Monsanto ordered to pay USD 290 million to cancer patient
Jurors unanimously found that Monsanto - which vowed to appeal - acted with "malice" and that its weed killers Roundup and the professional grade version RangerPro contributed "substantially" to Dewayne Johnson's terminal illness
A California jury ordered chemical giant Monsanto to pay nearly $290 million for failing to warn a dying groundskeeper that its weed killer Roundup might cause cancer.
Jurors unanimously found that Monsanto - which vowed to appeal - acted with "malice" and that its weed killers Roundup and the professional grade version RangerPro contributed "substantially" to Dewayne Johnson's terminal illness. Following eight weeks of trial proceedings, the San Francisco jury ordered Monsanto to pay $250 million in punitive damages along with compensatory damages and other costs, bringing the total figure to nearly $290 million.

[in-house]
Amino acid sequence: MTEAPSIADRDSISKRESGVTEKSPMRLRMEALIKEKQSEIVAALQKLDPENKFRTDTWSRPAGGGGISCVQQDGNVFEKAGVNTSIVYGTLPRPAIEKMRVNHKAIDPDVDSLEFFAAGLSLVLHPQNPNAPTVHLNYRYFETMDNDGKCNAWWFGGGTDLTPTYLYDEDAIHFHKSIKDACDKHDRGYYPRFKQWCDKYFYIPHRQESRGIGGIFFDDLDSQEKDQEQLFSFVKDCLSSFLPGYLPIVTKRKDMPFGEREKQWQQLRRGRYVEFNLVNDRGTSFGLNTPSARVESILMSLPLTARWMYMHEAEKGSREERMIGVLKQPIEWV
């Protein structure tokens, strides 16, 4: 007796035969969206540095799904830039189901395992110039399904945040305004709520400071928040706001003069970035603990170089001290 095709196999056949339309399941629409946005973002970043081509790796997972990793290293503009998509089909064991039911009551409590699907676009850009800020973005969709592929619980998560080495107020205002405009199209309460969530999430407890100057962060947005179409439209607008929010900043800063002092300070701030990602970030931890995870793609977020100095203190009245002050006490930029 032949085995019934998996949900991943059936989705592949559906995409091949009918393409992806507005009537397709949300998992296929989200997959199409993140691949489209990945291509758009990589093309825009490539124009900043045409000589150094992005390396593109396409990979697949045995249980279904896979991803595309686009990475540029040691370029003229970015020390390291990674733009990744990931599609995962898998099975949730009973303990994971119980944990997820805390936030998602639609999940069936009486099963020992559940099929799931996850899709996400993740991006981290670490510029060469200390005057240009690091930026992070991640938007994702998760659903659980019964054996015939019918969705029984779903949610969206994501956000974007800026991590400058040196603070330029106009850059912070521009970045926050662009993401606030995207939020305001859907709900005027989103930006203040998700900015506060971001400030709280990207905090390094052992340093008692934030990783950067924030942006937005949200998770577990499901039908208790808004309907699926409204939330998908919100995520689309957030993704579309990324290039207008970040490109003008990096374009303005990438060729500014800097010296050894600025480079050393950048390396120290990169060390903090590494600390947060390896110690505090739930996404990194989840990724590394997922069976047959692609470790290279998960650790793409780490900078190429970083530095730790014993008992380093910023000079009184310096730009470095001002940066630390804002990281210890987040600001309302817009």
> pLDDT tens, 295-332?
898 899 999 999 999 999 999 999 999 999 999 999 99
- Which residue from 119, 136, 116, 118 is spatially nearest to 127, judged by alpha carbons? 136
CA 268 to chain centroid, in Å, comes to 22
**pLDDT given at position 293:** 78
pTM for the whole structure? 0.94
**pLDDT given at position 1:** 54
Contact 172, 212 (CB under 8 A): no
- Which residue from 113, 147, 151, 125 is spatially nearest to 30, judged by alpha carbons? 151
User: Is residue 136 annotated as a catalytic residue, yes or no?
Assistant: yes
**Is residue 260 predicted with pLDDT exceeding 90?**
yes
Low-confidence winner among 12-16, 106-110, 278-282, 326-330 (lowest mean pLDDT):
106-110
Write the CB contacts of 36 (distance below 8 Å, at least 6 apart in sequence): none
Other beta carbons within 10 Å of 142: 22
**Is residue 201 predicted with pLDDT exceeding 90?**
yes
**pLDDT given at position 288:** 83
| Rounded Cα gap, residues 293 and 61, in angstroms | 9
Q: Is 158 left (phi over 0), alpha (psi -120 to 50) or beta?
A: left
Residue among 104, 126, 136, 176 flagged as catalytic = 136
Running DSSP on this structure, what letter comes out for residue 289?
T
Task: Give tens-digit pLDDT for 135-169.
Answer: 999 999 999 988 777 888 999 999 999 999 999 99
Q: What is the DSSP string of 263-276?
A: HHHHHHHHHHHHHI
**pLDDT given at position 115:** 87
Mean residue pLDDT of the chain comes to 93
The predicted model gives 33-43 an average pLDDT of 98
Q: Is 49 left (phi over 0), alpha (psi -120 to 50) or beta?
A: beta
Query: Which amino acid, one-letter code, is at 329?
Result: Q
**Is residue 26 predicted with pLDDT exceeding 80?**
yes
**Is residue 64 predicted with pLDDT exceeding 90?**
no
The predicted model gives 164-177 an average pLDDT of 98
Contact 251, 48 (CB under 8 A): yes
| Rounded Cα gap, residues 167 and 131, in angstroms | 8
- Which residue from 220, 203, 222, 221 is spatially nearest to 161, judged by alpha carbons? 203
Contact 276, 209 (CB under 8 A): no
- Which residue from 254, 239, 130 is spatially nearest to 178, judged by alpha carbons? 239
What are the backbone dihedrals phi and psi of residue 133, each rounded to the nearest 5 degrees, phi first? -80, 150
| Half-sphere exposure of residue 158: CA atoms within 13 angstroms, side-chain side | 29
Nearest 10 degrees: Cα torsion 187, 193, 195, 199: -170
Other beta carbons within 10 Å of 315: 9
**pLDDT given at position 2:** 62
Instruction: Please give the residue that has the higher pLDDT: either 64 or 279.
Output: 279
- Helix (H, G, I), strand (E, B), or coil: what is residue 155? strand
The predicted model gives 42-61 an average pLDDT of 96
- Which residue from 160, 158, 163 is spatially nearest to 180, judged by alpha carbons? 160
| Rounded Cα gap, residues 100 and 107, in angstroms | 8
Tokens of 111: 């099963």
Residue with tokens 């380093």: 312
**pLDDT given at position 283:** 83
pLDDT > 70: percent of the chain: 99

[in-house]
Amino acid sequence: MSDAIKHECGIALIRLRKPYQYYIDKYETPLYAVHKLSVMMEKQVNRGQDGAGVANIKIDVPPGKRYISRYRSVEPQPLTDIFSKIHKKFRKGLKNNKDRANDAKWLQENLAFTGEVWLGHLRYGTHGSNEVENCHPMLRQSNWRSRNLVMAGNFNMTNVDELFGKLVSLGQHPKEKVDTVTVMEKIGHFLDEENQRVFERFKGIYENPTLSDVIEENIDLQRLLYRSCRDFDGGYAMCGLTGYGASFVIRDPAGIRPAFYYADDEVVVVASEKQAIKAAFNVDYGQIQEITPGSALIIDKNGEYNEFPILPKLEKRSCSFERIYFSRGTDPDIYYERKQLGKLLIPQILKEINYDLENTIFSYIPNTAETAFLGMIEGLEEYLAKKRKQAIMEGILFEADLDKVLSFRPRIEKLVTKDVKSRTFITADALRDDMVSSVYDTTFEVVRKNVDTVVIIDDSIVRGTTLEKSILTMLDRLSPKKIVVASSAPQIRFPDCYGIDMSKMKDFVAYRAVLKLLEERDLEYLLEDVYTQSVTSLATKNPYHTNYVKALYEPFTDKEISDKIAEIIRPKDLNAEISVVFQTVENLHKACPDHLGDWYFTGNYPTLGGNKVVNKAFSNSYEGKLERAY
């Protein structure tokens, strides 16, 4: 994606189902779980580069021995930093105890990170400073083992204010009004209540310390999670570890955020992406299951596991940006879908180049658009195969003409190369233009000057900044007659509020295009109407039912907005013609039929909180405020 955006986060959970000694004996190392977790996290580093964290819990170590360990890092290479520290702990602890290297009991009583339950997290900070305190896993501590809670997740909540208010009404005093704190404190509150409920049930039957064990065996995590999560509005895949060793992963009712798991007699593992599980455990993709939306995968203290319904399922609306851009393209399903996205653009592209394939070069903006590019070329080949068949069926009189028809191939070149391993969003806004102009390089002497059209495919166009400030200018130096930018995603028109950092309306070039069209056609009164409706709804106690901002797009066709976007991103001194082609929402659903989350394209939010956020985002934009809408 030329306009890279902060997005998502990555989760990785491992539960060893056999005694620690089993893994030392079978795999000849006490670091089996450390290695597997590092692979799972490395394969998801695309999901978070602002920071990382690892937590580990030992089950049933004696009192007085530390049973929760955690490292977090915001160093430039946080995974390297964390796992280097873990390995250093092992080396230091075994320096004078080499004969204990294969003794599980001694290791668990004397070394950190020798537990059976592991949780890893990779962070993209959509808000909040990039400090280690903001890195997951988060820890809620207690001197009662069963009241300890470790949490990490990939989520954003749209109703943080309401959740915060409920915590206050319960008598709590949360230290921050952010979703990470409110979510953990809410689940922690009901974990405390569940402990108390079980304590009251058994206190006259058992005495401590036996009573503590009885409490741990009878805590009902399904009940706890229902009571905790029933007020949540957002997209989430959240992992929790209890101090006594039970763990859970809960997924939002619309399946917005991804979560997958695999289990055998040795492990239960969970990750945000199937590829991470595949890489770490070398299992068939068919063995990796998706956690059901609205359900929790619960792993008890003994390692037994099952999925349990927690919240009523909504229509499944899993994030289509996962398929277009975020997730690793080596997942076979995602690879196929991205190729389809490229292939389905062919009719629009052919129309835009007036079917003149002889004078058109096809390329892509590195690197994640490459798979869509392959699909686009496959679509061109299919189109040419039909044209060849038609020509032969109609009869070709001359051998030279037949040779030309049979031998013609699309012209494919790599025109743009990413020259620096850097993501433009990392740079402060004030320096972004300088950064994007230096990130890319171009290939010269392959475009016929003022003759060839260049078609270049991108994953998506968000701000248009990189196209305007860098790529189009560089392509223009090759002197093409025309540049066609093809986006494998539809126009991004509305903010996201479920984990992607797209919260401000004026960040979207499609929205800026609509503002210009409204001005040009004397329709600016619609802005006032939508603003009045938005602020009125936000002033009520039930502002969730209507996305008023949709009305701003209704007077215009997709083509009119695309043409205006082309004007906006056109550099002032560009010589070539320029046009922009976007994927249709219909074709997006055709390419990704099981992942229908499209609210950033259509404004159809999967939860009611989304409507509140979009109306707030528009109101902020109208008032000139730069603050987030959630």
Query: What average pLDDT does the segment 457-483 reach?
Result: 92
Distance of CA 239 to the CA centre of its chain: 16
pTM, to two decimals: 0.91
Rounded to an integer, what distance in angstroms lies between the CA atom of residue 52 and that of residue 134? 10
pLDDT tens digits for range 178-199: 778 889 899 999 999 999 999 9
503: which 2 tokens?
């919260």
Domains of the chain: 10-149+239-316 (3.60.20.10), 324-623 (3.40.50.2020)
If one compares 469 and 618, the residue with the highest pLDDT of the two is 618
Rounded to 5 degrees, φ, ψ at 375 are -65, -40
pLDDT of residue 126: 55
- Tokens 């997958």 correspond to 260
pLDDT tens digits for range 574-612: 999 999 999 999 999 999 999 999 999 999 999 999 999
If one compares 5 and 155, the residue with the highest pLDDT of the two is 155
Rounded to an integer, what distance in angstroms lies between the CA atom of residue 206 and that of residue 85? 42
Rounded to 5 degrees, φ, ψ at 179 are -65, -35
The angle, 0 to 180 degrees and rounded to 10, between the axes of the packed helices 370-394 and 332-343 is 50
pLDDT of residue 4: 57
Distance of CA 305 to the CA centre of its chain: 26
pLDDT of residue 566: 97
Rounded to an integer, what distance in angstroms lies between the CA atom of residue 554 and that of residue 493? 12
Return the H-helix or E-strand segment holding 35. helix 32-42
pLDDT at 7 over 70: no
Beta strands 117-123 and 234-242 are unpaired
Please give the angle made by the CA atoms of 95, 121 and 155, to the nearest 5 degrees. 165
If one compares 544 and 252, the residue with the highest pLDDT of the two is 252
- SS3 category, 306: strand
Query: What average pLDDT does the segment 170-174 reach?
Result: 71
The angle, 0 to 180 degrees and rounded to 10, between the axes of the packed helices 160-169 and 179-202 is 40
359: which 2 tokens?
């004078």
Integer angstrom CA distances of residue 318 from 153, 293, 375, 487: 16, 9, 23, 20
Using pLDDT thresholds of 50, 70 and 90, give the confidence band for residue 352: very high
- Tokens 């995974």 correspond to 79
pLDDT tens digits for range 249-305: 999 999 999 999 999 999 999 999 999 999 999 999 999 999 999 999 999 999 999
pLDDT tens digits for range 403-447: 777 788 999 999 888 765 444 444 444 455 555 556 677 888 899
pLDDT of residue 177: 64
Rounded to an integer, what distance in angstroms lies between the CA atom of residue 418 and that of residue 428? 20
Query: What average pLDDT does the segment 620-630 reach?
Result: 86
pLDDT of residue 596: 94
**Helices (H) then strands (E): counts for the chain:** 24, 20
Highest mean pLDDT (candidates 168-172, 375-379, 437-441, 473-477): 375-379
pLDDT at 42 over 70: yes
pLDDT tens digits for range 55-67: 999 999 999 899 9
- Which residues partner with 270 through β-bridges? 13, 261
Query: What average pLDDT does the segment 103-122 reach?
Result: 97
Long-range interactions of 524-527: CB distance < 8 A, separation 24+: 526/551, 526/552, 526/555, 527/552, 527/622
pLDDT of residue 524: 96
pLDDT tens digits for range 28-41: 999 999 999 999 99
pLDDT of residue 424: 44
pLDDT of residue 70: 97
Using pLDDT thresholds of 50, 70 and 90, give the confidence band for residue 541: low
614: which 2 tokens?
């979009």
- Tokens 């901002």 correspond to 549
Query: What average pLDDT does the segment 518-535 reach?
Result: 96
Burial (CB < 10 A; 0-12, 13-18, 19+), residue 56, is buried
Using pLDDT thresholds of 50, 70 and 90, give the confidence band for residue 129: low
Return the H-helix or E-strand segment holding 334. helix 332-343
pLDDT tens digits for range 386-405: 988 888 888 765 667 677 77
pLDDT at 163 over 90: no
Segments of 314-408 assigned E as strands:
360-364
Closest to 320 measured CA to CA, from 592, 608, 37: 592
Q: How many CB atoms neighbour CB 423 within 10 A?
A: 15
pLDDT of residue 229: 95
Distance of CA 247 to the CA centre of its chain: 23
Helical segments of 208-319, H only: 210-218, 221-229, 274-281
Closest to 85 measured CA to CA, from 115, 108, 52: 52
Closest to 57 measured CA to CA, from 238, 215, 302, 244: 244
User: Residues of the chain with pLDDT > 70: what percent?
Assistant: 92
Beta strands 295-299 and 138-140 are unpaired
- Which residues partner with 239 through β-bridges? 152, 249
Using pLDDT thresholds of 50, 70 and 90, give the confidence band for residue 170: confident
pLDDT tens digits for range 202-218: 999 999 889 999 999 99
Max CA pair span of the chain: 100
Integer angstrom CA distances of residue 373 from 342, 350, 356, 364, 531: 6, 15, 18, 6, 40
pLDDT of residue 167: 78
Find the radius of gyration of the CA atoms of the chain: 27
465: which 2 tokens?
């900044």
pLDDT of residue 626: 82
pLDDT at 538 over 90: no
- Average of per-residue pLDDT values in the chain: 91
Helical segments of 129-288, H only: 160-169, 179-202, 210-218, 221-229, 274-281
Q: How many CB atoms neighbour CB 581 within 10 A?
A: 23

"The jury got it wrong," the company's vice president Scott Partridge told reporters outside the courthouse. Johnson, a California groundskeeper diagnosed in 2014 with non-Hodgkin's lymphoma - a cancer that affects white blood cells - says he repeatedly used a professional form of Roundup while working at a school in California.
"I want to thank everybody on the jury from the bottom of my heart," Johnson, 46, said after the verdict.
"I am glad to be here; the cause is way bigger than me. Hopefully this thing will get the attention it needs." The lawsuit built on 2015 findings by the International Agency for Research on Cancer, part of the WHO, which classified Roundup's main ingredient glyphosate as a probable carcinogen, causing the state of California to follow suit.
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